Hawaii vol­cano takes a toll on Big Is­land’s econ­omy

Lodg­ing, tours, cruises are suf­fer­ing

USA TODAY International Edition - - FRONT PAGE - USA TO­DAY Trevor Hughes

PA­HOA, Hawaii – Fears sparked by in­ter­na­tional head­lines about lava flows, evac­u­a­tions and a po­ten­tial mas­sive vol­canic erup­tion on the Big Is­land are prompt­ing tour op­er­a­tors and vis­i­tors to find other des­ti­na­tions.

Nor­we­gian Cruise Line’s Hawai­ibased Pride of Amer­ica on Tues­day skipped a call to Hilo, the is­land’s largest town, and will skip a stop Thurs­day on the other side of the is­land at Kailua-Kona. The 2,186-pas­sen­ger ship re­mained at sea and will in­stead spend an ex­tra day on Maui, the next is­land over.

The can­cel­la­tions come a week af­ter Royal Caribbean dropped a call in Hilo sched­uled for its 2,143-pas­sen­ger Ra­di­ance of Seas.

And it’s not just cruise ship pas­sen­gers who are tak­ing a pass. Lodg­ing and tour book­ings are down 50% for May to July, said Ross Birch, ex­ec­u­tive di­rec­tor of the Is­land of Hawaii Vis­i­tors Bu­reau.

Ho­tels and au­thor­i­ties are des­per- ately try­ing to re­as­sure guests the Big Is­land is safe. They point out that the is­land is as big as Delaware and Rhode Is­land com­bined, and the lava flows are more than 30 miles away from most tourist ar­eas.

“When this is over, I’ll be sur­prised if more than 10 miles are af­fected,” County Mayor Harry Kim said.

Al­though the erup­tions and evac­u­a­tions have made news, the vast ma­jor­ity of life is un­af­fected on the Big Is­land: Schools are open, the sun is shin­ing and golfers are putting away. Tourists stroll the shore in Hilo as the waves gen­tly roll in from the Pa­cific; poke restau­rants are of­fer­ing fresh-caught fish and lo­cally roasted cof­fee.

“When this is over, I’ll be sur­prised if more than 10 miles are af­fected.”

County Mayor Harry Kim

But the sur­vey of lodg­ing and tour op­er­a­tors re­vealed the un­set­tling news that vis­i­tors are look­ing else­where.

“That’s truly the con­cern­ing part,” Birch said. “It’s kind of scary to be so off pace.”

Cruise ship pas­sen­gers reg­u­larly board buses in port for the hour-long ride to marvel at the steam ris­ing from Hawaii Vol­ca­noes Na­tional Park’s Halema‘uma‘u Crater be­fore wan­der­ing the streets of Hilo, shop­ping at the farm­ers mar­ket or the jew­elry stores down­town.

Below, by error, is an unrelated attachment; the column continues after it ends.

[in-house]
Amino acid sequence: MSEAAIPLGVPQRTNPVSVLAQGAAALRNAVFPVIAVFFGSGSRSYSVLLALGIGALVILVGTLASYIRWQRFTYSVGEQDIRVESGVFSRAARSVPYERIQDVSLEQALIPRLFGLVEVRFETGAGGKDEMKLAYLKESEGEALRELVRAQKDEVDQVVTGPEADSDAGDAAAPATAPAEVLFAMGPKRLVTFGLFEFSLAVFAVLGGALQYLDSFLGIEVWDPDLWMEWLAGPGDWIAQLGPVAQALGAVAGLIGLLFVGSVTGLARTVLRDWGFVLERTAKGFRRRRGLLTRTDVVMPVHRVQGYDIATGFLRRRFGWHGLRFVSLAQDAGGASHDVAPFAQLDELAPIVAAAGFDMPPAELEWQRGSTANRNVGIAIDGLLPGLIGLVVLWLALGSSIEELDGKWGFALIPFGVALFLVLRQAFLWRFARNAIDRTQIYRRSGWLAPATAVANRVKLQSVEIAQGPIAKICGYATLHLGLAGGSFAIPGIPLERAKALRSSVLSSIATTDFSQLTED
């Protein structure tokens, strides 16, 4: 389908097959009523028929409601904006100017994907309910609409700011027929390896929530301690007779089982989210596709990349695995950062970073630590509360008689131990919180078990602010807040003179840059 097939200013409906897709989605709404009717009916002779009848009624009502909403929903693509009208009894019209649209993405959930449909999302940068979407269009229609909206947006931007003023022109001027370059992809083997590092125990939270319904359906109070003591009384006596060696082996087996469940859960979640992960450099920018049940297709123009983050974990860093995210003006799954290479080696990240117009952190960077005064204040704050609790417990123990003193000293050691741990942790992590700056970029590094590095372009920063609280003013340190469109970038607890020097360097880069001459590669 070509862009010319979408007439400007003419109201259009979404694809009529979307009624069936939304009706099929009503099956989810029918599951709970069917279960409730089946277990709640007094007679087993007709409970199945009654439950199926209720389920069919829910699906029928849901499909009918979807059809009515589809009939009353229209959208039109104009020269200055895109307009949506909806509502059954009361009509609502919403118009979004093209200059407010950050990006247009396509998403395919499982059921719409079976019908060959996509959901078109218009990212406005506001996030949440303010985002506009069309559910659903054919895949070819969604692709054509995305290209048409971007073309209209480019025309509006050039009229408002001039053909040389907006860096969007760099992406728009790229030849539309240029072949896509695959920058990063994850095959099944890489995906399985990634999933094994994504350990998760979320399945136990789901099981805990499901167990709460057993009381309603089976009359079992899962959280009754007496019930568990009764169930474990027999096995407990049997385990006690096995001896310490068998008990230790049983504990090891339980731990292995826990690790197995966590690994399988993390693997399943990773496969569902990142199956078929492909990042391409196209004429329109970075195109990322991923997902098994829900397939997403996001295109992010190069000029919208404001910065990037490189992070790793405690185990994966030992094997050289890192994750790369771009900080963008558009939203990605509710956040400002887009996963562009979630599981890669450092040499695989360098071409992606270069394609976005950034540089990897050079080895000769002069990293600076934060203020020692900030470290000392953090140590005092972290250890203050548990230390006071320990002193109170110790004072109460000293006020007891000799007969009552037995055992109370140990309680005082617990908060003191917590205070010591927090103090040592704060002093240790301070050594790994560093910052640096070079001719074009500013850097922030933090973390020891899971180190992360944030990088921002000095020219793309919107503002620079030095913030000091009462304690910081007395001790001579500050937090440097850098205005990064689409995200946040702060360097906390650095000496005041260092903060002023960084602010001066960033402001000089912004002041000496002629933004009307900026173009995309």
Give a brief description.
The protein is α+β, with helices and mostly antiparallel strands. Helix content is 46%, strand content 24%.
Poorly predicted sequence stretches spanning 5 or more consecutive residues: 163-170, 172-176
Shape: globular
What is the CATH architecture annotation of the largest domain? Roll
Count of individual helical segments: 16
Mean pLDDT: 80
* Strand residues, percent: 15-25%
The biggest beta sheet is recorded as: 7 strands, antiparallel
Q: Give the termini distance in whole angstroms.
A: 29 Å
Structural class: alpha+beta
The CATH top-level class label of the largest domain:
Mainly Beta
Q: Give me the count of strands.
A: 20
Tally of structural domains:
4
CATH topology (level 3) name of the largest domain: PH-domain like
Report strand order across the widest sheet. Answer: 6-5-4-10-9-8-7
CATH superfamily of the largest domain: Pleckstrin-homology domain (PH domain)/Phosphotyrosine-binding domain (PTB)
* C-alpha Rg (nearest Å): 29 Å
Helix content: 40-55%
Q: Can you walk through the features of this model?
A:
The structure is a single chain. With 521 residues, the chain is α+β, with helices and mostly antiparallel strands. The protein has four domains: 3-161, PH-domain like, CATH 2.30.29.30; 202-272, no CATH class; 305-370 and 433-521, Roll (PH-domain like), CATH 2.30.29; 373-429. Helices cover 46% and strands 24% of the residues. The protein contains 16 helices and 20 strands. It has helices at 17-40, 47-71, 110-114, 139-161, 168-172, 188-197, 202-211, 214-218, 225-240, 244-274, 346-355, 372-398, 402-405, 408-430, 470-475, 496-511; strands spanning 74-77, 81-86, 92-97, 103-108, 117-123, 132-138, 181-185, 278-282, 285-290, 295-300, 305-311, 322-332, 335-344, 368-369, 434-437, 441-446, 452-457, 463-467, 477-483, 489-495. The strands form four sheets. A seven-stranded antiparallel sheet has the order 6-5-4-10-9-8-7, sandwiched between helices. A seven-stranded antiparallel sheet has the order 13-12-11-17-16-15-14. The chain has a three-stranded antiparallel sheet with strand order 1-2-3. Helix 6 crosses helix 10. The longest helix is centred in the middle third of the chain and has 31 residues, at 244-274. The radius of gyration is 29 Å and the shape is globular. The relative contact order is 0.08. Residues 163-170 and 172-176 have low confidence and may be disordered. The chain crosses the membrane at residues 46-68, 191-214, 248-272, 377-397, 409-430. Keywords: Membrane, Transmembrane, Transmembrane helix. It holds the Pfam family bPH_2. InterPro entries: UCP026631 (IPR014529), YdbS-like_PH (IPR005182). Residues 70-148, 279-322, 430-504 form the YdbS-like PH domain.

Au­thor­i­ties closed the ma­jor­ity of the park May 11 over fears that an erup­tion could send a plume of steam, gas and ash soar­ing above the park and rain car-size boul­ders as much as a mile away.

On Tues­day, the vol­cano be­gan belch­ing a col­umn of ash more than 2 miles high — the most vig­or­ous erup­tion in 12 days — and a steam-driven ex­plo­sion is con­sid­ered likely. A lava flow has been de­stroy­ing homes and dis­plac­ing res­i­dents in the Leilani Es­tates neigh­bor­hood, about an hour’s drive away.

Health of­fi­cials have warned that toxic gases pose the big­gest threat, and pa­per masks won’t pro­tect against dan­ger­ous sul­fur diox­ide, which can cause res­pi­ra­tory dis­tress. De­spite the ma­jor erup­tion Tues­day, trade winds were blow­ing gases away from ma­jor pop­u­la­tion cen­ters.

Clerks at sev­eral ho­tels in Hilo said stays have been de­clin­ing since guests were shaken by a vol­cano-re­lated mag­ni­tude-6.9 earth­quake May 3, when the erup­tion be­gan.

The Big Is­land draws nearly 9 mil­lion vis­i­tors a year, and an es­ti­mated 2 mil­lion of them visit the na­tional park con­tain­ing Ki­lauea, peer­ing over the caldera’s rim to see steam and gas es­cap­ing from the Halema‘uma‘u Crater.

Those vis­i­tors con­trib­ute an es­ti­mated $200 mil­lion a year to the is­land, the Na­tional Park Ser­vice said — the equiv­a­lent of nearly $500,000 ev­ery day. The clo­sure and lava flows have forced tour com­pa­nies to di­vert their coach trips and guided hikes else­where or close op­er­a­tions en­tirely.

There is one bright spot for vis­i­tors: The pop­u­lar he­li­copter lava tours are run­ning full-tilt, with chop­pers “hot-load­ing” each new group of pas­sen­gers with­out shut­ting off their en­gines.

Among those rid­ing with Par­adise He­li­copters from the Hilo air­port this week were Mikhail Alexseev and his 80year-old mother, Lyud­mila Alek­seyeva, who came to the is­land to cel­e­brate Alek­seyeva’s birth­day ear­lier this year. Alexseev said he booked the trip sev­eral months in ad­vance and de­cided the risk wasn’t that high. With the park closed, they de­cided to spring for the he­li­copter ride, which can cost up­ward of $350 each.

The chop­per tours take pas­sen­gers over the cur­rent lava flows, al­though at more than 4,000 feet. They are re­quired to avoid the Ki­lauea area it­self be­cause of con­cerns about ash and a po­ten­tial ex­plo­sion, but the lava over­flights give pas­sen­gers an ea­gle’s-eye view of the de­struc­tion and birth of new land.

“It’s Mother Na­ture show­ing just such an amaz­ing man­i­fes­ta­tion,” Alexseev said with a smile. “This was the highlight.”

MARIO TAMA/GETTY IM­AGES

Golfers play in the shadow of an ash plume from the Ki­lauea vol­cano on Hawaii's Big Is­land on Tues­day.

TREVOR HUGHES/USA TO­DAY

Tourists gather to take pho­tos of an erup­tion Tues­day that sent a col­umn of ash more than 2 miles above Ki­lauea vol­cano.

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